The Bay Area added 17,000 jobs in April, pushing down unemployment rates to their lowest levels in nearly six years, according to a report released Friday.

"The job market in the Bay Area couldn't be stronger," said Scott Anderson, chief economist with San Francisco-based Bank of the West. "We saw some weakness last year, but what's happening so far in 2014 has reversed that."

During April, all three of the Bay Area's major urban centers showed strong job gains, with the upswing especially robust in the South Bay and San Francisco metro area, according to the state Employment Development Department.

Santa Clara County added 4,600 jobs, the San Francisco-Marin-San Mateo area gained 8,800 jobs and the East Bay added 1,800 jobs, the EDD reported.

The hiring surge has driven jobless rates steadily lower. In April, the East Bay posted an unemployment rate of 6.3 percent, down from 6.8 percent rate in March; the South Bay's jobless rate dropped to 5.8 percent from 6.3 percent; and the San Francisco-San Mateo-Marin area's rate fell to 4.6 percent from 5 percent in March.

California's jobless rate improved to 7.8 percent in April, down from 8.1 percent in March, marking the first time in more than five years that unemployment levels in the state have been below 8 percent, the EDD reported. Statewide, employers added 56,100 jobs in April.

"The decline in the unemployment rate is happening everywhere," said Jeffrey Michael, director of the Stockton-based Business Forecasting Center at the University of the Pacific. "The entire state is moving back to the 2008 levels, but it's not time to celebrate yet. It would be better if we were back to the 2007 levels."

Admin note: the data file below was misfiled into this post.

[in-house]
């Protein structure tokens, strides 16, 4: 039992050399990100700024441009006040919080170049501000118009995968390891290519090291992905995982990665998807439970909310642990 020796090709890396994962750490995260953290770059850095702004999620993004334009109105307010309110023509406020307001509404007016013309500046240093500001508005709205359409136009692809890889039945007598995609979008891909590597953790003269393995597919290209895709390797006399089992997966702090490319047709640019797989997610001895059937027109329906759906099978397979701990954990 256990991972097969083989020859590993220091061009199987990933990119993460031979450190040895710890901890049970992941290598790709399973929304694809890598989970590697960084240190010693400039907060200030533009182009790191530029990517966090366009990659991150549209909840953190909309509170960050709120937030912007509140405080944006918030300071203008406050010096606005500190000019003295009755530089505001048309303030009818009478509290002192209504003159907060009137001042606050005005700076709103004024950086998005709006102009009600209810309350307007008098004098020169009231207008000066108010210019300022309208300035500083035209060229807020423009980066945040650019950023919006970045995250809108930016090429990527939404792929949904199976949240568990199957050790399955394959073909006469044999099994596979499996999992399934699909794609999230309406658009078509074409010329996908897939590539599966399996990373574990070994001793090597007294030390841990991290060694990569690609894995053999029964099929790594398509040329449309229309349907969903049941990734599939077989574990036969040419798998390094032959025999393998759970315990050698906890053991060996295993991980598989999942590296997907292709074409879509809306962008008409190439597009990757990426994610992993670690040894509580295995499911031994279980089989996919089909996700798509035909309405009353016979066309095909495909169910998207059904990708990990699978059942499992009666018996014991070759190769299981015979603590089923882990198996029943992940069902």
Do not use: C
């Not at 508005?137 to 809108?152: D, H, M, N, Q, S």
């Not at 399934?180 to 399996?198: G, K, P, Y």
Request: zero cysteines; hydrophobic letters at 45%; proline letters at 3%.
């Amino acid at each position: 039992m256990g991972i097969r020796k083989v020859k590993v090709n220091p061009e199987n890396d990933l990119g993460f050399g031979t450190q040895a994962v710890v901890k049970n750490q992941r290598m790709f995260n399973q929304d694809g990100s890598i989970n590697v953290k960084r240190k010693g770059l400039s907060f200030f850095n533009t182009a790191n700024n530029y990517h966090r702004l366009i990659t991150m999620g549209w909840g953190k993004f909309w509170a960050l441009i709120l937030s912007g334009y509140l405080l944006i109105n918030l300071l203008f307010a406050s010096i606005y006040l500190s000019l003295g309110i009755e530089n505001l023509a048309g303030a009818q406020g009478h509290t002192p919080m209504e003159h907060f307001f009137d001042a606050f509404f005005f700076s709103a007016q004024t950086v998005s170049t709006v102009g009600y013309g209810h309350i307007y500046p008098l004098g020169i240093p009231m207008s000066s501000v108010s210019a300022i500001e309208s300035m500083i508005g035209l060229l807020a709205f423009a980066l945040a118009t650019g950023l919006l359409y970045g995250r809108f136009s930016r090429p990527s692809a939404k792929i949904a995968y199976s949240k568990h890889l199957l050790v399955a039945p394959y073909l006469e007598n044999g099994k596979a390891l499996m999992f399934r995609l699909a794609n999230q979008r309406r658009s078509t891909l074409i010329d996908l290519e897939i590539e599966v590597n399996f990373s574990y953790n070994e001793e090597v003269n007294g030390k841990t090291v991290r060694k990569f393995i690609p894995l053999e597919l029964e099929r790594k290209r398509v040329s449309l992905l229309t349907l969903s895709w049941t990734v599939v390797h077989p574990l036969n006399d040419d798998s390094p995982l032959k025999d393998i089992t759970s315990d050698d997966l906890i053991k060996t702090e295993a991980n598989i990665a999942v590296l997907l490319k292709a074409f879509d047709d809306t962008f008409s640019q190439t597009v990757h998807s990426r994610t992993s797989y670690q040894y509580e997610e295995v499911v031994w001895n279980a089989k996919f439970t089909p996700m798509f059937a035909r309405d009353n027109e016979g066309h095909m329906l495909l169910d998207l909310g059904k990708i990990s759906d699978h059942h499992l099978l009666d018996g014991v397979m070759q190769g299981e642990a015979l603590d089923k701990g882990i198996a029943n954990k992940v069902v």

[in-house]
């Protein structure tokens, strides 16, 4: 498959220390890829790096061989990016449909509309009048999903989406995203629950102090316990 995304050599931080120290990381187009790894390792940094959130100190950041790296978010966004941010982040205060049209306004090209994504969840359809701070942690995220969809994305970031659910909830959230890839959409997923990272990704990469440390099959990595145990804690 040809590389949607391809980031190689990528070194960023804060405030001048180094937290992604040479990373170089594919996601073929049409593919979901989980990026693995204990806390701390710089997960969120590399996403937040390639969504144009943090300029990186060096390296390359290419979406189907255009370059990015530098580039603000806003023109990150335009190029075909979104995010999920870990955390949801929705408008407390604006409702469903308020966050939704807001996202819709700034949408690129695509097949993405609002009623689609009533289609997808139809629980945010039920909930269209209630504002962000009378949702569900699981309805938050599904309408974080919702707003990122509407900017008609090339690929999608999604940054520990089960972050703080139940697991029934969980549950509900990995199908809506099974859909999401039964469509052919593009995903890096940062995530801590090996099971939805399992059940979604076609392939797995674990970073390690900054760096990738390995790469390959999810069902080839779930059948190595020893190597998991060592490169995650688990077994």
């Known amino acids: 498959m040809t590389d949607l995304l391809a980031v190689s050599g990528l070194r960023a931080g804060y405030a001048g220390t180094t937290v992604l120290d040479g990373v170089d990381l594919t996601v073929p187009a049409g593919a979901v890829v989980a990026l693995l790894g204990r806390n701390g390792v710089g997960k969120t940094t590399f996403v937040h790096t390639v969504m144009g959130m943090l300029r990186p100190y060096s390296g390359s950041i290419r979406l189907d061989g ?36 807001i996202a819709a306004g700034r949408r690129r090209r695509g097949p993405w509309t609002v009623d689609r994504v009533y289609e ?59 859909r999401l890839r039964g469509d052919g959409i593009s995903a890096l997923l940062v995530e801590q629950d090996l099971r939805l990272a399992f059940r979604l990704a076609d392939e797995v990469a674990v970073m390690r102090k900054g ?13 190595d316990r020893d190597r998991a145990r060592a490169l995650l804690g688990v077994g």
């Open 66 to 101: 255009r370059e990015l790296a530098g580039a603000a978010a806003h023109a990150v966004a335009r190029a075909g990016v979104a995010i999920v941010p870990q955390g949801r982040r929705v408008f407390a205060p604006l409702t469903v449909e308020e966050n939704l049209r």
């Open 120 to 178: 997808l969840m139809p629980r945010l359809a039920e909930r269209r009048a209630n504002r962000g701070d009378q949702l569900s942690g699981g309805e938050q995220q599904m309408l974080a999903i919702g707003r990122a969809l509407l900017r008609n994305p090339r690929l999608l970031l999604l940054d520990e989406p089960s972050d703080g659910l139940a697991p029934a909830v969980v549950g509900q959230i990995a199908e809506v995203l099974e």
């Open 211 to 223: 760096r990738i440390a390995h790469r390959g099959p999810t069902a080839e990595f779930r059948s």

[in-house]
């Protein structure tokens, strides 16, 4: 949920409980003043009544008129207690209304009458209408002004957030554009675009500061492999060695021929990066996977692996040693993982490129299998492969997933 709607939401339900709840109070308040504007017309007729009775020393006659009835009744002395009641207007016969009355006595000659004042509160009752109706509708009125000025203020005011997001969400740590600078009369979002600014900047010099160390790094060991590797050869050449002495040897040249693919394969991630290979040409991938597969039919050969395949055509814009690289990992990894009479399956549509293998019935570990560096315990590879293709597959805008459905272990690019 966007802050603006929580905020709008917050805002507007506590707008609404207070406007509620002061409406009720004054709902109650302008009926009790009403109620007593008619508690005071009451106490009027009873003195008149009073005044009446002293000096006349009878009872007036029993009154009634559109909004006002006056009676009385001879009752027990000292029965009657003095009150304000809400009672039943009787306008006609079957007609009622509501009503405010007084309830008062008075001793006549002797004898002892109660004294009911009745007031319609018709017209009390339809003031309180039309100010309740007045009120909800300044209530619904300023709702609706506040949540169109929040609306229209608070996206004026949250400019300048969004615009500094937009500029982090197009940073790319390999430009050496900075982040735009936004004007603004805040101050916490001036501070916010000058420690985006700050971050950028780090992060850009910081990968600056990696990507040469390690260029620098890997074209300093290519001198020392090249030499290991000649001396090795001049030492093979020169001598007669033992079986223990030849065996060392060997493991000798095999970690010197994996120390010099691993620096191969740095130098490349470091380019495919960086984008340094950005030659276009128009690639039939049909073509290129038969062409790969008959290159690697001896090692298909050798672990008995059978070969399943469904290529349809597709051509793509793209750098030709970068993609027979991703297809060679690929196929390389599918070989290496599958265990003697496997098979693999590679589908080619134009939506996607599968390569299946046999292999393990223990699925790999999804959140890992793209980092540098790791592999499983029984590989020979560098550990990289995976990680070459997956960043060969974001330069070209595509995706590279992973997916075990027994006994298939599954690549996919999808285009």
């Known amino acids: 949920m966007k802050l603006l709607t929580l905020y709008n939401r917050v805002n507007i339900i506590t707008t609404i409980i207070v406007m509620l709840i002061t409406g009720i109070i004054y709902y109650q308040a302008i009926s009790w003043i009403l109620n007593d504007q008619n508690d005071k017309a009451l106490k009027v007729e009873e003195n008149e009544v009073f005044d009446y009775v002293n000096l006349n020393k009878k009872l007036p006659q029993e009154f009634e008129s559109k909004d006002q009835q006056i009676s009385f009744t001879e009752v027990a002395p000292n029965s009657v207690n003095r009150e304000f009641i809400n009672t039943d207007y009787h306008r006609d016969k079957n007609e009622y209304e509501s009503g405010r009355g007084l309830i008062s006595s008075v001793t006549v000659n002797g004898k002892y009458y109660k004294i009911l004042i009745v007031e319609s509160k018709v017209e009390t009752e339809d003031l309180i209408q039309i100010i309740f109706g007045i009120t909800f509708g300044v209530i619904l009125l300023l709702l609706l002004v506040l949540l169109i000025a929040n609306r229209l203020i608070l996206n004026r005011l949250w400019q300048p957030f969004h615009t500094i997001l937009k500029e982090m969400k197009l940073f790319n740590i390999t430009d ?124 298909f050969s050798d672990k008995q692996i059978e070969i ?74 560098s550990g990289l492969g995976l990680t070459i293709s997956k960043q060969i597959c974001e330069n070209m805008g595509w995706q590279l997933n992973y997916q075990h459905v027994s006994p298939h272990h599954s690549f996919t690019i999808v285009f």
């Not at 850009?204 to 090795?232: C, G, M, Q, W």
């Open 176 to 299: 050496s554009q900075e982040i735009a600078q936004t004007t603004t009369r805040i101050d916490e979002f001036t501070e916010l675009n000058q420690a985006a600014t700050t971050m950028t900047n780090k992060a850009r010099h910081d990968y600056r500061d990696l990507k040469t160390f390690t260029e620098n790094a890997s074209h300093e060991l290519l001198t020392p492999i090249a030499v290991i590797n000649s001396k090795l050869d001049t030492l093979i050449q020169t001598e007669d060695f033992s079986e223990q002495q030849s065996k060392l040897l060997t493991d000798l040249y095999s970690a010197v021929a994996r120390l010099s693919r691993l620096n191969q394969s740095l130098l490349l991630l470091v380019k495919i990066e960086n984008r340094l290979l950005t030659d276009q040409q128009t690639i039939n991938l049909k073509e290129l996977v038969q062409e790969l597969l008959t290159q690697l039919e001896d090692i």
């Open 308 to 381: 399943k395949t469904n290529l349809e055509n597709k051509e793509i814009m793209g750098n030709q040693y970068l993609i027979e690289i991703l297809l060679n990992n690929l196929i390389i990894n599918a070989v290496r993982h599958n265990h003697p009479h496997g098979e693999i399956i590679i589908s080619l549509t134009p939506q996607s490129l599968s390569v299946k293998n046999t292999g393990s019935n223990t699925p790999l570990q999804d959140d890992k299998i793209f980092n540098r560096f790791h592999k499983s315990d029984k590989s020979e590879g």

That could come soon. Jordan Levine, director of economic research with Beacon Economics, said he expects Bay Area job growth to be even stronger in the second half of the year.

"Corporate profits are high, capacity utilization is moving upward, which means more business investment," he said. "That will stimulate economic activity in the Bay Area, particularly in Santa Clara County and San Francisco."

Stephen Levy, director of the Palo Alto-based Center for Continuing Study of the California Economy, also was upbeat.

"This is going to last for a while," Levy said. "There have been reports about how the tech boom will fade. But the hiring is based on the solid needs of real tech companies."

For the Bay Area, the upswing in hiring came in several tech-related sectors, although health care and construction employers also produced plenty of new jobs.

Tech-oriented industries added 2,000 jobs in the South Bay and 3,300 in the San Francisco-San Mateo-Marin region.

Non-tech industries such as construction added 1,000 jobs in the San Francisco area and 700 in the East Bay.

Health care employers added 1,600 jobs in the San Francisco-San Mateo-Marin area, 1,400 in the South Bay and 700 in the East Bay.

Despite the improvements, some Bay Area job seekers offered mixed reviews about the strength of the employment picture.

"I found something today in Web development," Shan Lafti said Friday. "I was happy to get the job," added the San Jose resident with six years of experience in her field, "but I think I was lucky. I found something very quickly."

Emily Gutierrez of Oakland said she's been looking for work as a medical assistant for a few months, but hasn't been able to land an interview yet.

"I thought it would be easier, because people and friends have been telling me the job market is getting better," Gutierrez said.

Tracie Reynoso, a Hayward resident, has been attempting to find work as an office receptionist or a clerk. But she says employers are very picky right now.

"They want people to have a college degree so they can answer the phones at the office," Reynoso said. "And they only want to offer $10 an hour. You can't live in Silicon Valley on $10 an hour."

Contact George Avalos at 408-859-5167. Follow him at Twitter.com/georgeavalos.